America has seen a surge in unruly passenger behaviour over the last twelve months, much of it centred around a minority of passengers who have been reluctant to wear masks, and then becoming agitated when they are asked to comply with airline rules.
There have also been some other, more off-piste incidents. One woman, for instance decided to spark up on a Spirit Airlines flight, causing uproar in the process. Another story for the books is the man who had a (verbal) sparring match with the woman behind him over the territorial status of a window shade.
Last week news broke of an even scarier incident, involving a man trying to storm the cockpit on a JetBlue flight, as well as allegedly strangling and kicking a flight attendant.
The incident occurred last Wednesday evening. ABC News reports that a flight attendant told the FBI that with just over an hour left in the flight from Boston to San Juan, Puerto Rico, the man tried to place a phone call and “became angry about the call’s unsuccess.”
According to the FBI affidavit, half an hour later the man moved towards the cockpit, shouting in Spanish and Arabic to be shot.
A flight attendant managed to usher the man back into the passenger seating area during which point the unruly passenger allegedly grabbed the flight attendant by the collar and tried to kick them in the chest.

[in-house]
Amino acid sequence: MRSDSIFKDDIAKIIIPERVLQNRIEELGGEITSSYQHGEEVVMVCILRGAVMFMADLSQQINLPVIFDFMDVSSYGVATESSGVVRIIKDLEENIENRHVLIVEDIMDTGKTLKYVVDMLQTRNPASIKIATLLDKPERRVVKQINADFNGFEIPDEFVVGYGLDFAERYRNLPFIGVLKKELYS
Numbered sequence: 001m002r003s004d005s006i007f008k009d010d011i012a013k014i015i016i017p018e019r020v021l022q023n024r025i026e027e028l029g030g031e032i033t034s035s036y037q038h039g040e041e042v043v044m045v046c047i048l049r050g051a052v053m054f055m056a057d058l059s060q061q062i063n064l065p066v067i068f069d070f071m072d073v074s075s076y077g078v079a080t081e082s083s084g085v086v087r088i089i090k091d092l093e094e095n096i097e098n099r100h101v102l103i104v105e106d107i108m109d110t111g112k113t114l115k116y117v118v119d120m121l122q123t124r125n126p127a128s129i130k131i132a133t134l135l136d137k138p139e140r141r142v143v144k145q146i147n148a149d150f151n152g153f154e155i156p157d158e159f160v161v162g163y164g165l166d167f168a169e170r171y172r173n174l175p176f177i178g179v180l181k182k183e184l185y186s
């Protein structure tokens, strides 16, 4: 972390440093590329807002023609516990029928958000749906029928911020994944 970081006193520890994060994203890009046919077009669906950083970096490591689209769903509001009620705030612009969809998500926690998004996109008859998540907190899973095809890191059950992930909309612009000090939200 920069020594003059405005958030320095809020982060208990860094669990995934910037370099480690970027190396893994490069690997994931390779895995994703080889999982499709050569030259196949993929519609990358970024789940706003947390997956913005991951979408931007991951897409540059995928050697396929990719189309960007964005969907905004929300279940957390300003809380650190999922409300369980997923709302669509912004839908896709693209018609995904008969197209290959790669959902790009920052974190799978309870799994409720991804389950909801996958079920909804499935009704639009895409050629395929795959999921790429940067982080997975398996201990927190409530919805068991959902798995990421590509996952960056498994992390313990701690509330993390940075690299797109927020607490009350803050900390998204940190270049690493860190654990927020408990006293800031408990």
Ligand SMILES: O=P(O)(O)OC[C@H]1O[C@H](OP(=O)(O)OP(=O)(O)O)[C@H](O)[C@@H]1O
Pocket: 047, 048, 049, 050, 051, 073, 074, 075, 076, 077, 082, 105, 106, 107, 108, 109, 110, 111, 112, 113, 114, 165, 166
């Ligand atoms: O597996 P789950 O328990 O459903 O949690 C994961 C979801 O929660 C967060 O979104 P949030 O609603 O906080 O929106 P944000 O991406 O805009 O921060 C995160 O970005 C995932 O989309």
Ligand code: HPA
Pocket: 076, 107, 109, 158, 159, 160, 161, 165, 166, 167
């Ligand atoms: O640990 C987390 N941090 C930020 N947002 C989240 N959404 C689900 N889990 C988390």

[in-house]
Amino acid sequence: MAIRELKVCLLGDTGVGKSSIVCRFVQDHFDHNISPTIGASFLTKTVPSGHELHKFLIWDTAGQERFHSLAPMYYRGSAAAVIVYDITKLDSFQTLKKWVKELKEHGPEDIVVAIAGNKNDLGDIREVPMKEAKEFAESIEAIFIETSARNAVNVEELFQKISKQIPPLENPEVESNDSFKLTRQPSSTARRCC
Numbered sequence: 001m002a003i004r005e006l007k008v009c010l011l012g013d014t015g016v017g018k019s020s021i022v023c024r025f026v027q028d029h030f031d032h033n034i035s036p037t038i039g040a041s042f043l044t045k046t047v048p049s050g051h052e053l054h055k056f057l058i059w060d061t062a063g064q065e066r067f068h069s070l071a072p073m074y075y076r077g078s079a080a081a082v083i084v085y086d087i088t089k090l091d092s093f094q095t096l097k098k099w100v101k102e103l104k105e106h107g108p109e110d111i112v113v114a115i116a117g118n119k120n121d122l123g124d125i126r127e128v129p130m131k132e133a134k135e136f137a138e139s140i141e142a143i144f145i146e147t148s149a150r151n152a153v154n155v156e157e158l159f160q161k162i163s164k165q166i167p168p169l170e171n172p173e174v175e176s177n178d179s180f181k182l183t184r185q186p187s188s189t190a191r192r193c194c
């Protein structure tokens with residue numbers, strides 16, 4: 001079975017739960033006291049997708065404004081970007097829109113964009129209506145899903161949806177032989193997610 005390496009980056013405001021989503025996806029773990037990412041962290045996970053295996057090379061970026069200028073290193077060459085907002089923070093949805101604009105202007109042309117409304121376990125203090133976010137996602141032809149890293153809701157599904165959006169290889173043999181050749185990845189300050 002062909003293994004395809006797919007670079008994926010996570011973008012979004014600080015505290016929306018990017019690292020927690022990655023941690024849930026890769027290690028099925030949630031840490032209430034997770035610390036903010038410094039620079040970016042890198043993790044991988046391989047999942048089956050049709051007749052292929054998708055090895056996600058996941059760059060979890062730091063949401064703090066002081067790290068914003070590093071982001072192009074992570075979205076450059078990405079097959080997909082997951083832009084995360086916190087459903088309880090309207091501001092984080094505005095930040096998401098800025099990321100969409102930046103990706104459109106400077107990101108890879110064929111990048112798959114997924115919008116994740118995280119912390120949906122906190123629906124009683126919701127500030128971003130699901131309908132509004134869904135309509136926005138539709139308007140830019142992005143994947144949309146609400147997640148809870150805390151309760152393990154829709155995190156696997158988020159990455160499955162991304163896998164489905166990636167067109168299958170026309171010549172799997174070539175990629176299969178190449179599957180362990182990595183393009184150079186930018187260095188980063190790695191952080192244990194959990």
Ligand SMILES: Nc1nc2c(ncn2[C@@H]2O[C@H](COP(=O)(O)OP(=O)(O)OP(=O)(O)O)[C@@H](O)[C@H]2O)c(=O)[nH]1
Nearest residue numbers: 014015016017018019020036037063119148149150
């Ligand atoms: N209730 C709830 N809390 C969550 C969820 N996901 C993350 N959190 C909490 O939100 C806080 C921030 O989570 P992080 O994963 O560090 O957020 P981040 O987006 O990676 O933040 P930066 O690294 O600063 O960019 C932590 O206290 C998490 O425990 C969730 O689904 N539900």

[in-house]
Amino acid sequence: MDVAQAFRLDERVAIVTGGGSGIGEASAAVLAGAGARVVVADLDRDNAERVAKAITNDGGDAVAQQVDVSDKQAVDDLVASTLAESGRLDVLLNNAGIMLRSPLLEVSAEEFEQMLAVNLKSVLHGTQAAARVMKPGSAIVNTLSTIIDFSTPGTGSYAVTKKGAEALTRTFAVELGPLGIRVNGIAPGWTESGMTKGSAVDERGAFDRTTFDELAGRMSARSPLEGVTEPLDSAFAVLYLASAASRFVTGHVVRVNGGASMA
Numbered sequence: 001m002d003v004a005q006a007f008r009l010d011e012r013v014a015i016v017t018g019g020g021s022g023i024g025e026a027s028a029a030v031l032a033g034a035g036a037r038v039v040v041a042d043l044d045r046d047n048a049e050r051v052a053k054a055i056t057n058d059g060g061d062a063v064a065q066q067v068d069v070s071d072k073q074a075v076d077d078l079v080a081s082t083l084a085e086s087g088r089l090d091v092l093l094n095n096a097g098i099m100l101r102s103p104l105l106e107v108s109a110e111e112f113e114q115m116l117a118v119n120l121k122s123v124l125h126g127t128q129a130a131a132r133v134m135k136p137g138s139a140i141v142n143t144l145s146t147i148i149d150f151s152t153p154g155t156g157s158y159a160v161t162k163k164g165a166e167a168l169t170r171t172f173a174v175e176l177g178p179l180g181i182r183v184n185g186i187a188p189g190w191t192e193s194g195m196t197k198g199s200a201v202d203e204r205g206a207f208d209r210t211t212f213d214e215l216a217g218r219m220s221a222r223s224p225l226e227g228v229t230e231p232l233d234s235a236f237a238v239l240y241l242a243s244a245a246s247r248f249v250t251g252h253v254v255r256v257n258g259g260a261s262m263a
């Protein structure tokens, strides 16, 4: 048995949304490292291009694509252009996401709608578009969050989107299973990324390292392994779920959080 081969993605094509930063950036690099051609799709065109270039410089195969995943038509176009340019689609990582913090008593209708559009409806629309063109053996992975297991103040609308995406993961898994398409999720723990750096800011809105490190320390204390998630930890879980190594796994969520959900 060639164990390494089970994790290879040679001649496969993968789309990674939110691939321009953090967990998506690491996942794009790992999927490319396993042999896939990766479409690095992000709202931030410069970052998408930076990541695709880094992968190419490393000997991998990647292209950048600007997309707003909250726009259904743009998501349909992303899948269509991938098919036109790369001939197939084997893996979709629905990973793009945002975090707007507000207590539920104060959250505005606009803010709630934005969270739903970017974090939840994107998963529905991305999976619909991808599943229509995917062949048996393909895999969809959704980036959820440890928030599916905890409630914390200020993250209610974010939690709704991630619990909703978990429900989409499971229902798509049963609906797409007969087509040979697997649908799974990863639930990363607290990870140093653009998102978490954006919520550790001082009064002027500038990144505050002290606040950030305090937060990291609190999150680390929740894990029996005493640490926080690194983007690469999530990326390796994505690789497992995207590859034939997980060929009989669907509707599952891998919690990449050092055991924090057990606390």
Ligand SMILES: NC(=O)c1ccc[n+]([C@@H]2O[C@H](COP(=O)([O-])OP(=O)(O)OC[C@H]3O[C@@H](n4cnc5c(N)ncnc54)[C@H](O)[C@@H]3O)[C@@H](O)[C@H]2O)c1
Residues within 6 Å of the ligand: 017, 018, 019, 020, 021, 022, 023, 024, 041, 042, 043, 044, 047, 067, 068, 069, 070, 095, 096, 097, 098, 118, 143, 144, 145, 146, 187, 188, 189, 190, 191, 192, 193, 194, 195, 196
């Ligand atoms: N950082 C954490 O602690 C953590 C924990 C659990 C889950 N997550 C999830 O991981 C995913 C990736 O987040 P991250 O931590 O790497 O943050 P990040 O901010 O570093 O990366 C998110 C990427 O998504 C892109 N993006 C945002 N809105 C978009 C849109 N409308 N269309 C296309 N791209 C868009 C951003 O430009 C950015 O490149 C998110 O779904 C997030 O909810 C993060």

Eventually, he was subdued (with the help of other crew members) and put in flex cuffs. The plane then safely landed at its destination. The man was then taken into custody by authorities.
A sad story – and also one that illustrates why flight attendants live by the maxim ‘if it can happen on the ground, it can happen at 40,000ft‘. This is something flight attendant Kat Kamalani talks about in the below video, where she explains the real reason airline staff always greet you at the door of the plane.
Why flight attendants always greet you when you are entering a plane
It also illustrates why many flight attendants are now receiving self-defence training.